I mentioned a plant Brighton owned in Pine Bluff, Arkansas. There have been several other ventures. There was a plant in Lancaster, Pennsylvania. I’m not sure what they did, but Brighton eventually closed it. Also, there was a plant in Hamilton, Ohio, just a few miles from our plant in Sharonville, called Hamilton Kettles. They produced heads for the food processing industry. This business had originally been done here in Sharonville, then expanded into this plant in Hamilton when business picked up. After several years the Hamilton Kettles work was brought back to Sharonville, and the plant in Hamilton was closed. Also, Brighton has recently opened a small head shop in Mississippi. It is still open, but not very successful. We’ve reworked some heads they tried to make there, and they were in bad shape.
The most successful plant Brighton opened was a head shop in Chicago. It stayed open for years. When it eventually closed the foreman and a flanger operator moved from Chicago to work here in Sharonville. The foreman was originally from this area, so he was glad to move back home. He worked as a foreman for a short while here, then retired. The flanger operator was Higinio C. It took him a while to get used to Brighton. Apparently the standards at the plant in Chicago weren’t up to our standards. He kept insisting his heads were good enough, while the inspectors kept rejecting them and making him do them over. Eventually, he stopped arguing and began forming heads to our specs. He was fast. I’d say he was the second fastest most productive flanger operator we’ve ever had, second only to Badeye. He retired about ten years ago. I heard he is driving a school bus.
Higinio C. came from Puerto Rico. We’ve had other immigrants work here. Although I’m not sure if someone from Puerto Rico is actually an immigrant, since Puerto Rico is a possession of the United States. Anyway, Johnny S., a press operator, was from the Philippines, so I guess that makes him an immigrant, since the Philippines once was a possession but no longer is. His father was an American sailor stationed at the large naval base there. He used to get kidded about his name, since he took after his mother much more than he did his father. “Johnny S., really? What’s your real name?” He insisted his real name was Johnny S. But he could dish it out, too. There was this huge black press operator, Chip M., who Johnny kidded with. Johnny was a short scrawny guy, and Chip was huge, three or four times his size. But Johnny would raise one arm up and dance around Chip, pretending he was holding a spear, and call Chip a spear-chucker. Chip could have squashed Johnny like a bug, but he just laughed. They were good friends.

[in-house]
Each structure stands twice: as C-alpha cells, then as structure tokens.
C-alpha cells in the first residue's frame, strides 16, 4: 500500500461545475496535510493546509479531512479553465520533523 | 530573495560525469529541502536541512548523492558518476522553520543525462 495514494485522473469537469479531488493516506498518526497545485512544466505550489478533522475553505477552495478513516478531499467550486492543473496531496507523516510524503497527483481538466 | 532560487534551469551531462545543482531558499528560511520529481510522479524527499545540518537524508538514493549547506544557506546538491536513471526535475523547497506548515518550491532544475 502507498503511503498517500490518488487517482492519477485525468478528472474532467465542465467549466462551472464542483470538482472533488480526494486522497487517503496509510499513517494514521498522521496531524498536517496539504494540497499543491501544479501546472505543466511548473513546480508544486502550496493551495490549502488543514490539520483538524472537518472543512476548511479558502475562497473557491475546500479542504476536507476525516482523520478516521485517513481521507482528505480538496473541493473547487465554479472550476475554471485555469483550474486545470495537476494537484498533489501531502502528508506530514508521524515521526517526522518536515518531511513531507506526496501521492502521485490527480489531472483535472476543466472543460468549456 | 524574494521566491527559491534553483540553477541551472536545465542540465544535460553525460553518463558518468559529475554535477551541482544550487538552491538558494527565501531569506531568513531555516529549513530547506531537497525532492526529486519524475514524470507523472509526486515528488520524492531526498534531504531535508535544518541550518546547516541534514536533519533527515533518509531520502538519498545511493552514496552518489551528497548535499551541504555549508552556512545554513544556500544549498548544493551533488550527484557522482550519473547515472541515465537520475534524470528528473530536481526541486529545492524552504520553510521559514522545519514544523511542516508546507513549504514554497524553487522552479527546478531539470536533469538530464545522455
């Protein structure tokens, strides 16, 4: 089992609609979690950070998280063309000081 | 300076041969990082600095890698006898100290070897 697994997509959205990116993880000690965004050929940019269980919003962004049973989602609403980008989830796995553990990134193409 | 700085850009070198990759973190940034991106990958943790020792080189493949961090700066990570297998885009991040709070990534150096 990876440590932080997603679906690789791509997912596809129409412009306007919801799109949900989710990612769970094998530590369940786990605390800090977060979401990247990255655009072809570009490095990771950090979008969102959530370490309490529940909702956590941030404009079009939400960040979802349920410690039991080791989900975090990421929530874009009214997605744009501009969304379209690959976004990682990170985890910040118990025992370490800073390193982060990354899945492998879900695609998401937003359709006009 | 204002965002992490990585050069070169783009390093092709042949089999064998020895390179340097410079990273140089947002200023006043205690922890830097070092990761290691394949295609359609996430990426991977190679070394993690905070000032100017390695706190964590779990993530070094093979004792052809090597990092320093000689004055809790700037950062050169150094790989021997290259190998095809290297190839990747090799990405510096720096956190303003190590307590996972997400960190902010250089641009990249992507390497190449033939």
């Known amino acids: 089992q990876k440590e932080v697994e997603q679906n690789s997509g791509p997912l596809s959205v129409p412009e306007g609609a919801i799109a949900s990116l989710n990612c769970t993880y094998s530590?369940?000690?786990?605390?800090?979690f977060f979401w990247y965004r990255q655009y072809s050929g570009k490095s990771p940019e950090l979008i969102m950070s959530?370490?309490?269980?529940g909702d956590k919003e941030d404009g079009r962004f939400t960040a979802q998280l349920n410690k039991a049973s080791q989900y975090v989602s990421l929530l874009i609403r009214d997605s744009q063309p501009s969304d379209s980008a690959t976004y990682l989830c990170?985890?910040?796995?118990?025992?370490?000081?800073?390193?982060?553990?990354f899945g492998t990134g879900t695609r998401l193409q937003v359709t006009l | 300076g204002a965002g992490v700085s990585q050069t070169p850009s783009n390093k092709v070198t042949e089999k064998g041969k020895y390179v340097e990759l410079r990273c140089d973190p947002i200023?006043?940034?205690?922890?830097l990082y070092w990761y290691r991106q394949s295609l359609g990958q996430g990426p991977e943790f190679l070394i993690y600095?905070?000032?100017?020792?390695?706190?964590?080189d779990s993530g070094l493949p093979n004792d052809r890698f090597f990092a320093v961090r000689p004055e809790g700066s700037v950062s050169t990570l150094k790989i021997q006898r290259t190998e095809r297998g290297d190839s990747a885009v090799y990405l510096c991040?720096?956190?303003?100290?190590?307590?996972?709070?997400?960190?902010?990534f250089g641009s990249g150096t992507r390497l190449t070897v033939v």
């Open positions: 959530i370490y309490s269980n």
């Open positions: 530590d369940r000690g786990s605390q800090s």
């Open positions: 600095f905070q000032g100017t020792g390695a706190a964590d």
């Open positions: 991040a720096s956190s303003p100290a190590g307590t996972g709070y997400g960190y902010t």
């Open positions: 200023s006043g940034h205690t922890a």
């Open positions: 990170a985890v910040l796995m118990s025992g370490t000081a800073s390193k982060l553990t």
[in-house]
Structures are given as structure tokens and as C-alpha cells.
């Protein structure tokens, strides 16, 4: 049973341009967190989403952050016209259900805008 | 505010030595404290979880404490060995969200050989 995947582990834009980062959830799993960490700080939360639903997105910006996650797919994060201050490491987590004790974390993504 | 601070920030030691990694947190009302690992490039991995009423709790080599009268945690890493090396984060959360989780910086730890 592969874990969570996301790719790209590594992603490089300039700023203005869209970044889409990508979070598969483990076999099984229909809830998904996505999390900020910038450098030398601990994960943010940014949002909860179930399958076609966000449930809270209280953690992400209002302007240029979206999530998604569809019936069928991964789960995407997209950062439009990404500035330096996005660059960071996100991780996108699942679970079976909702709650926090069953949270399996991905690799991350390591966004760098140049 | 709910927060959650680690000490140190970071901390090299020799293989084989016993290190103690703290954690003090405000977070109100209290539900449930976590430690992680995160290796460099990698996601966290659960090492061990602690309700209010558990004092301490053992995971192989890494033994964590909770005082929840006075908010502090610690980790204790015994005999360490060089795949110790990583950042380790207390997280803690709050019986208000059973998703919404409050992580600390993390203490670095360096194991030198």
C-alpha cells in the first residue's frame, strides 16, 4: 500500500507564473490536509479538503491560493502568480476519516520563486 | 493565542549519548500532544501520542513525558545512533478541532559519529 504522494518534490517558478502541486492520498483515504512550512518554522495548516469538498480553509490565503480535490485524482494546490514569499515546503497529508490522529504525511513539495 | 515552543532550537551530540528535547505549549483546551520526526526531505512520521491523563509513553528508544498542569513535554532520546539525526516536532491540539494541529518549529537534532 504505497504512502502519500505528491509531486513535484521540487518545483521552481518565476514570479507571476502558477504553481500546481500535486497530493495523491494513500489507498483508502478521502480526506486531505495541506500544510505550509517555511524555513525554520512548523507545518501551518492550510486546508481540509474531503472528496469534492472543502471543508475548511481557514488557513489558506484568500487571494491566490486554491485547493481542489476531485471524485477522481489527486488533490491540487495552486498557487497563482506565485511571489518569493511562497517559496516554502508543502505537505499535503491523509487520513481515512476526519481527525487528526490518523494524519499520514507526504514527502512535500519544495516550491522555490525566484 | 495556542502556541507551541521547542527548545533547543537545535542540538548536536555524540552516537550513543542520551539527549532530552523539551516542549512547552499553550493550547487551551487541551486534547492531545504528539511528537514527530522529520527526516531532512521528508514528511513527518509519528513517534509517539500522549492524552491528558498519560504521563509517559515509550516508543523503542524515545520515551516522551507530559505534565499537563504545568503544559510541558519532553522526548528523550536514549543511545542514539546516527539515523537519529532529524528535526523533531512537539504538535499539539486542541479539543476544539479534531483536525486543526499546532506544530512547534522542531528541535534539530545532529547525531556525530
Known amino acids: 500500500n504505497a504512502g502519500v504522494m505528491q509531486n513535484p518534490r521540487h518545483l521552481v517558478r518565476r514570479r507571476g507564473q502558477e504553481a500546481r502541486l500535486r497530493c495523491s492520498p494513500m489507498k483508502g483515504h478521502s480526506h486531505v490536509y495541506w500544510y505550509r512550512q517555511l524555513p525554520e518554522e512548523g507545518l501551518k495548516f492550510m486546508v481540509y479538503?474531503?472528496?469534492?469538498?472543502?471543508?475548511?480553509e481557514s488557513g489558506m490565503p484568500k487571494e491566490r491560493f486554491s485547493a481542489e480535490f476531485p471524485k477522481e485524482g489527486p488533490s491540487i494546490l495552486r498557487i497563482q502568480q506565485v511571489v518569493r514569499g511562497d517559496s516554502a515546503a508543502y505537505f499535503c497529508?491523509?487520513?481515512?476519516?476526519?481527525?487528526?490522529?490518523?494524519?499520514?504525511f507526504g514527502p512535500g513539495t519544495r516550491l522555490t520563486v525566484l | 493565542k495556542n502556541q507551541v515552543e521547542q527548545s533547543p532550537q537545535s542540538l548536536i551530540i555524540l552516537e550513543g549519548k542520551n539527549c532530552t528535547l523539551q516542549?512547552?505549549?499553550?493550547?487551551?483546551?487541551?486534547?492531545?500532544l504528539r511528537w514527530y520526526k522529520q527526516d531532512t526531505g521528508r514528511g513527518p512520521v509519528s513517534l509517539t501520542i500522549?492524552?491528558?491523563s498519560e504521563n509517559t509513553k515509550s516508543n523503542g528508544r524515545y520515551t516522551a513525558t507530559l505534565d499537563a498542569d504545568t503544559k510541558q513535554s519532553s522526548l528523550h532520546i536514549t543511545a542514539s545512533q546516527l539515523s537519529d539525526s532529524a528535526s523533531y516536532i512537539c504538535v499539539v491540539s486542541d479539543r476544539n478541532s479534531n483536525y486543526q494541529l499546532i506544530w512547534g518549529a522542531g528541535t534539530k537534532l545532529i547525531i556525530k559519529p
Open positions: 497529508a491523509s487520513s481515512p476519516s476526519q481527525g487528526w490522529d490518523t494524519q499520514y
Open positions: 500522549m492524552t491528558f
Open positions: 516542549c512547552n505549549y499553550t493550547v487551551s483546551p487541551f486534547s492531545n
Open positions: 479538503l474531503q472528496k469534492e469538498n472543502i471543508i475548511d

Johnny had some good stories about the Philippines. Such as how there were hardly any stray dogs there, and the few there were would never come when you called them. Johnny said that was because the dogs knew if they came they would be bashed on the head and cooked on a grill. So stray dogs weren’t a problem in the Philippines.
People are all the time bringing in foods for other people to try. One popular item is hot sauce. Someone once brought in a sauce called “Ass In Space”, with a logo of a man with a very painful expression on his face sitting bare-assed on an outhouse flying through outer space. Everyone was warned how potent this stuff was. Everyone else only put a drop or two on their food. But Johnny claimed he grew up on spicy food in the Philippines and could eat anything. So he doused his sandwich with the stuff, then bit into it. I thought we’d have to call an ambulance. He gagged, could hardly catch his breath, got violently red in the face. But he survived.
Johnny S. quit sometime after Enerfab bought Brighton from Trinity. He hasn’t done very well since. Once he was established in this country, he had brought his wife and children over from the Philippines. Then she divorced him. I don’t know what kind of problems they had, but some of us believe she might have married him just to get a ticket into America. Some women have married men for less.